Major Jonny Smith hosts a conversation on Facebook Live on 7 May 2020 with three Salvation Army corps leaders – Captain John Clifton (Ilford), Major Estelle Blake (Oldham Fitton Hill) and Major Nick Coke (Raynes Park). They explore themes related to mission, justice, community organising and the local church through stories of hope and transformation.
By Captain Annette Booth
A year ago, I attended a meeting about asylum seeking in the UK and learnt that many people were being housed near me in the North-West of England by the Home Office. Individuals and families were placed in shared accommodation, most with little English language, whilst they awaited their asylum decisions.
I asked what the best way was to make contact, and was told to knock on doors and ask people directly. I went home dismayed and began to pray that God would help these hidden people find their way to us, at The Salvation Army Corps in Bootle.
And they started to come….
By Nick Coke
Today on Martin Luther Day, my social media timelines are full of the great man’s inspiring and challenging quotes. Reading his autobiography earlier in the year I came across a section that I found particularly challenging to Christian activists. In it he explores the intersection between evangelism and social justice. As someone who likes to get involved in justice-seeking I’m regularly quizzed about these two essential ingredients of mission and how they fit together. It often perplexes me how often they are spoken of as if they were mutually exclusive. My own experience in this regards is that whilst acting on issues of common concern with those who do not share my Christian faith there have been many, many opportunities to give a reason for the hope I have in Jesus.
Here’s how MLK puts it:
‘We have the power to change America and give a kind of new vitality to the religion of Jesus Christ. And we can get those young men and women who’ve lost faith in the church to see that Jesus was a serious man precisely because he dealt with the tang of the human amid the glow of the Divine and that he was concerned about the their problems. He was concerned about bread; he opened and started Operation Breadbasket a long time ago. He initiated the first sit-in movement. The greatest revolutionary that history has ever known. And when people tell us when we stand up that we got our inspiration from this or that, go back and let them know where we got our inspiration.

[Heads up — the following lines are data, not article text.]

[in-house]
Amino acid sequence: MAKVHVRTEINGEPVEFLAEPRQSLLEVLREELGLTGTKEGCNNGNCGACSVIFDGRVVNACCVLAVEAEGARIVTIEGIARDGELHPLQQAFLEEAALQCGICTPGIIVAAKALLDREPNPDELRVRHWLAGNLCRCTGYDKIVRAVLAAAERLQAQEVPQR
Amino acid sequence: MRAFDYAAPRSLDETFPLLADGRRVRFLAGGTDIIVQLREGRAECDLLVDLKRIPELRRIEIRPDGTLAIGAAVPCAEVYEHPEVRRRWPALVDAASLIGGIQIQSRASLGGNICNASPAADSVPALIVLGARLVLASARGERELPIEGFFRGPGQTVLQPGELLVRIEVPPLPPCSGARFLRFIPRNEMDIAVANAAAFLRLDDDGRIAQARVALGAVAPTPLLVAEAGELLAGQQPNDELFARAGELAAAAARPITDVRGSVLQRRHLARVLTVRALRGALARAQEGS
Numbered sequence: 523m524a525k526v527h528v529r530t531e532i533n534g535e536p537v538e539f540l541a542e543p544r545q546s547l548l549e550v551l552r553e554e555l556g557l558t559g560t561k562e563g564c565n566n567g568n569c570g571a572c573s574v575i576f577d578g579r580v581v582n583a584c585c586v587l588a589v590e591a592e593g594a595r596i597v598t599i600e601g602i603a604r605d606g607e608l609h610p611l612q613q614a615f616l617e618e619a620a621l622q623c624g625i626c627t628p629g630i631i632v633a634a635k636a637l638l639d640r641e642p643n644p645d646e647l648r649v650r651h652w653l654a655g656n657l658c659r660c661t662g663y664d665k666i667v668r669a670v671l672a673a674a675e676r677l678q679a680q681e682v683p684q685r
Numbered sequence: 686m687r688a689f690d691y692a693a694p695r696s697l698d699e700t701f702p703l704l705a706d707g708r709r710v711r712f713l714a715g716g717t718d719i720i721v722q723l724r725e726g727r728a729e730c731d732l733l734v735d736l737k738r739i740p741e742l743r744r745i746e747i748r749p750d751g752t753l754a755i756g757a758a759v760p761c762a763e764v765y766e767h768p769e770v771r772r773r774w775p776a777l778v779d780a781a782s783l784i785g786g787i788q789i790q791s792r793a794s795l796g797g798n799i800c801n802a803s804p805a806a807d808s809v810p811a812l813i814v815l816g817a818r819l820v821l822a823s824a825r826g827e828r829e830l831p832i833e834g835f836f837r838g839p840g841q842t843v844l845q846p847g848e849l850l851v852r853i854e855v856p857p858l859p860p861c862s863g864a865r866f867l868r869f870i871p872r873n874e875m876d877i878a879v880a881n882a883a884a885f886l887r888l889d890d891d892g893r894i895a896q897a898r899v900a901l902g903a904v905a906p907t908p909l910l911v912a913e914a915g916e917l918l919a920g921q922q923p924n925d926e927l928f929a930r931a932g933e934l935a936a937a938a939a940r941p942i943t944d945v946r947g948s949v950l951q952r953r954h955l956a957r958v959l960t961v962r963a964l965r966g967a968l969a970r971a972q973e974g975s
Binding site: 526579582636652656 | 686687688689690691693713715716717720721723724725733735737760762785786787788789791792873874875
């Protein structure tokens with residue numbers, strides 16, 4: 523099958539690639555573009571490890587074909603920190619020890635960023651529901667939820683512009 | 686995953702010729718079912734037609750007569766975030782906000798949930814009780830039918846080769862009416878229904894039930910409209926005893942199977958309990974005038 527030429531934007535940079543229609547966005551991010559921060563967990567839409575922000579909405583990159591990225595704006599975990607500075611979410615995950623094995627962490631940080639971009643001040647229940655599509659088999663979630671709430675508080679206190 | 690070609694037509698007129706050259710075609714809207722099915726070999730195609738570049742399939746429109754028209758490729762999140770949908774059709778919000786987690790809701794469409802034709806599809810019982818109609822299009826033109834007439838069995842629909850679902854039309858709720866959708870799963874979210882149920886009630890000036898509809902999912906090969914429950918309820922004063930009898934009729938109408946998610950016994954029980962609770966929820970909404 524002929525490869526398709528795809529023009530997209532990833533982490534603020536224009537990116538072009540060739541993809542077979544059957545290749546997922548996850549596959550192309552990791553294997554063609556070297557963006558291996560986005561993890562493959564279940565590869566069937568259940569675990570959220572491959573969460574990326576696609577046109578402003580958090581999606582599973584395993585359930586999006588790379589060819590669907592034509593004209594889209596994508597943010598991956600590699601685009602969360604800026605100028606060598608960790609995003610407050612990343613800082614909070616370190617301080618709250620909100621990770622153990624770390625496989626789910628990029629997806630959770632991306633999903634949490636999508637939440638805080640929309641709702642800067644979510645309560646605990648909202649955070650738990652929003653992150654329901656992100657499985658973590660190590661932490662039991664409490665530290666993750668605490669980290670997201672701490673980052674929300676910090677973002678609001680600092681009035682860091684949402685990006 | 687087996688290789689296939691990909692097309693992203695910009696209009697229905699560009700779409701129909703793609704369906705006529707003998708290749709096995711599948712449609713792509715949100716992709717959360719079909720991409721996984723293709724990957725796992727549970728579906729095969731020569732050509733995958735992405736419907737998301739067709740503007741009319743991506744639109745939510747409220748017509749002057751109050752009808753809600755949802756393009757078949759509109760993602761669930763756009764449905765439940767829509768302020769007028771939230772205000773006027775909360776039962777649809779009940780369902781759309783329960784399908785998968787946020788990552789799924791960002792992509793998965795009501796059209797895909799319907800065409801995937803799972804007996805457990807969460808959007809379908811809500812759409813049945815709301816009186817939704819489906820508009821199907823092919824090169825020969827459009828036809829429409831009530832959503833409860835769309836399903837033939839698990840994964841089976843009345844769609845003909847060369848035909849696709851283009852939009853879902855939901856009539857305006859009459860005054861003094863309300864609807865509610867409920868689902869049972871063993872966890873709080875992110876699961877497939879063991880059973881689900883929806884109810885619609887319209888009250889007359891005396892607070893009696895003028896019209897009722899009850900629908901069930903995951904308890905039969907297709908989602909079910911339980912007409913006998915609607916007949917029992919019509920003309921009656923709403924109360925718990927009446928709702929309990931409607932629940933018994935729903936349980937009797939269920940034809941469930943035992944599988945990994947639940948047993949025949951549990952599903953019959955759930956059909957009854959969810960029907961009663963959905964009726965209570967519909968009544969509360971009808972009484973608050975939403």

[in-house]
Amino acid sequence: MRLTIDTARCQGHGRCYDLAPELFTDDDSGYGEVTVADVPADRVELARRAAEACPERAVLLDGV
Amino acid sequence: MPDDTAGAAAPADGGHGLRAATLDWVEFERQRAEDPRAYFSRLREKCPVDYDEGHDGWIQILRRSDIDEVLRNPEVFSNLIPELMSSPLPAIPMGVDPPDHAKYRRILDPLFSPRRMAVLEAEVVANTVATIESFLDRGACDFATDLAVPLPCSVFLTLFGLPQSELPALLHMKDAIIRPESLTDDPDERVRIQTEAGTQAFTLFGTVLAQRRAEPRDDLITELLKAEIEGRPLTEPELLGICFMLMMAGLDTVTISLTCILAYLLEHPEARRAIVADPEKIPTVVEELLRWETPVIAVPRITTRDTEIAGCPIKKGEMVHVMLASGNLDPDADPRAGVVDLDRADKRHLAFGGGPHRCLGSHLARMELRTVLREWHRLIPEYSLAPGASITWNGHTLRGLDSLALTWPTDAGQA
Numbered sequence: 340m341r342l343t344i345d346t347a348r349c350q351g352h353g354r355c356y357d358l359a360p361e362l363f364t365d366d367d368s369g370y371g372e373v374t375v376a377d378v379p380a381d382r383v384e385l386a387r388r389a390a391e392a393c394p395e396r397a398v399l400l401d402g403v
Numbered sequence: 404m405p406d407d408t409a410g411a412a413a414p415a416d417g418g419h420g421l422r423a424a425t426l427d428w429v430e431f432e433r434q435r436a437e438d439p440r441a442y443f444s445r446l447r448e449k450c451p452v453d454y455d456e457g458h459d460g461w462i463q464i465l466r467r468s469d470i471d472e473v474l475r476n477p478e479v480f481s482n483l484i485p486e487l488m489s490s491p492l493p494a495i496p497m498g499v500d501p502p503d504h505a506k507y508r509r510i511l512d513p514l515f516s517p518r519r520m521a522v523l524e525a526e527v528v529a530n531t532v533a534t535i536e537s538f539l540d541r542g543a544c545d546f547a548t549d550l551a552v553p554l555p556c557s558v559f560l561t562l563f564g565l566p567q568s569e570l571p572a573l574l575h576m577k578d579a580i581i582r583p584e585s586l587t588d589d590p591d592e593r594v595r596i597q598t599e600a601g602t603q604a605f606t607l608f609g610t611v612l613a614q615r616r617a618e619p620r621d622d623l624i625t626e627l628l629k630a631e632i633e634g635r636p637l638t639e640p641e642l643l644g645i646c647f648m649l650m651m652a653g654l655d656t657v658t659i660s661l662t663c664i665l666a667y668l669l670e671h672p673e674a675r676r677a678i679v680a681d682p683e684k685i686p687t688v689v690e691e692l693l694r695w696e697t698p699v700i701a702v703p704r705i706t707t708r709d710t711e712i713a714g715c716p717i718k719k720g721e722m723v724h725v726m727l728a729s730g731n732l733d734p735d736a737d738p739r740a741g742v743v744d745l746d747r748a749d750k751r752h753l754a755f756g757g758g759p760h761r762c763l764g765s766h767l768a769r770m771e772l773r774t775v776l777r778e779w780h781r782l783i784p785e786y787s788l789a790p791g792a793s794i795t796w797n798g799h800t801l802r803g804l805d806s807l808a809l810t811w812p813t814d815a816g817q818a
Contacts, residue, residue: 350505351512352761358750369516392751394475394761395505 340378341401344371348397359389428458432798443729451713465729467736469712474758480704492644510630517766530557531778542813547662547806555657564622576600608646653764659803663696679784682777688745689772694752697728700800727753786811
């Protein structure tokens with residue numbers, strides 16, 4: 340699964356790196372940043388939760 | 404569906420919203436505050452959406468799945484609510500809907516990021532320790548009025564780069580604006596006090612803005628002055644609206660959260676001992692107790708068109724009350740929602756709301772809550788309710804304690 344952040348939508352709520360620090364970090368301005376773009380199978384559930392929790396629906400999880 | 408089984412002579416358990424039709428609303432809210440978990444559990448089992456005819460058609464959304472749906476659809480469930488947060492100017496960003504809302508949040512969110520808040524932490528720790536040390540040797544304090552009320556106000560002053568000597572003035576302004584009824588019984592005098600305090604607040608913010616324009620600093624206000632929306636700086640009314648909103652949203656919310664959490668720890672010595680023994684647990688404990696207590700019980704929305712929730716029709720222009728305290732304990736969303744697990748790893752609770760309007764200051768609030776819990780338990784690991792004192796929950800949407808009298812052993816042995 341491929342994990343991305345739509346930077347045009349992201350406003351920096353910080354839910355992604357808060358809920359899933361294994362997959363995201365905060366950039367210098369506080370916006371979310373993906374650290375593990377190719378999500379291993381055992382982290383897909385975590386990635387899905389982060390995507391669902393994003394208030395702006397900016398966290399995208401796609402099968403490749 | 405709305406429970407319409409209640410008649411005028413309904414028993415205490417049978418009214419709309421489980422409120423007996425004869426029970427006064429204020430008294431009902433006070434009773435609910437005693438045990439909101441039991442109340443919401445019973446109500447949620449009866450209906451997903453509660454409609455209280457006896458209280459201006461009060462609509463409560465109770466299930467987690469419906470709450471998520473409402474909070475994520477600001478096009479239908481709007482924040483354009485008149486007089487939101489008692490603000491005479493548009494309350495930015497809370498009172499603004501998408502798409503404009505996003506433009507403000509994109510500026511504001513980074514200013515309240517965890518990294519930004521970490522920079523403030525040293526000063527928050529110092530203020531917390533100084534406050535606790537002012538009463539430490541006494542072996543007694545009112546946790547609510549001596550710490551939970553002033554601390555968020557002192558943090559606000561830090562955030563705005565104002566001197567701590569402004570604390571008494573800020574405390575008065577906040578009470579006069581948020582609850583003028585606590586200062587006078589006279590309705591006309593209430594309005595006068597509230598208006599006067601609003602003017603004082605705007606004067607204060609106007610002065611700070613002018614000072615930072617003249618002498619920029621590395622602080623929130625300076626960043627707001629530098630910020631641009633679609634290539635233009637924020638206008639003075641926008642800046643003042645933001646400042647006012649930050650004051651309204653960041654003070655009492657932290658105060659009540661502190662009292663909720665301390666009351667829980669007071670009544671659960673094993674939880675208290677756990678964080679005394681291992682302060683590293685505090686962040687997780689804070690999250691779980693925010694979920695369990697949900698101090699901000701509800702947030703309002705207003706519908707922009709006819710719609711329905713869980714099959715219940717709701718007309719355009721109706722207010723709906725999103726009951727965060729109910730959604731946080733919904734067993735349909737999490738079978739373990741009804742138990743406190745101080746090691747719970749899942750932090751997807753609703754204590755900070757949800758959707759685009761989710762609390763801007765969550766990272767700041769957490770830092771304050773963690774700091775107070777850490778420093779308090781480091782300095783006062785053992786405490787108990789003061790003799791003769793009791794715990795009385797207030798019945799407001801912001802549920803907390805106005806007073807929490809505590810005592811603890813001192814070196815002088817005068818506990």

I read Das Kapital and The Communist Manifesto years ago when I was a student at college. And many of the revolutionary movements in the world came into being as a result of what Marx talked about.
The great tragedy is that Christianity failed to see that it had the revolutionary edge. You don’t have to go to Karl Marx to learn how to be a revolutionary. I didn’t get my inspiration from Marx; I got it from a man named Jesus, a Galilean saint who said he was anointed to heal the broken-hearted. He was anointed to deal with the problems of the poor. And that is where we get our inspiration. And we go out in a day when we have a message for the world, and we can change this world and we can change this nation.’
It’s great when you get a good review. Even better when you get insights like these:
‘…justice seeking through community organising is part of the DNA of the Salvation Army. Indeed without such principles, being content simply with charity without justice, it is actually a betrayal of the founding principles of the Army and will result in detracting from its mission.’ Continue reading “Review of ‘Marching Towards Justice’”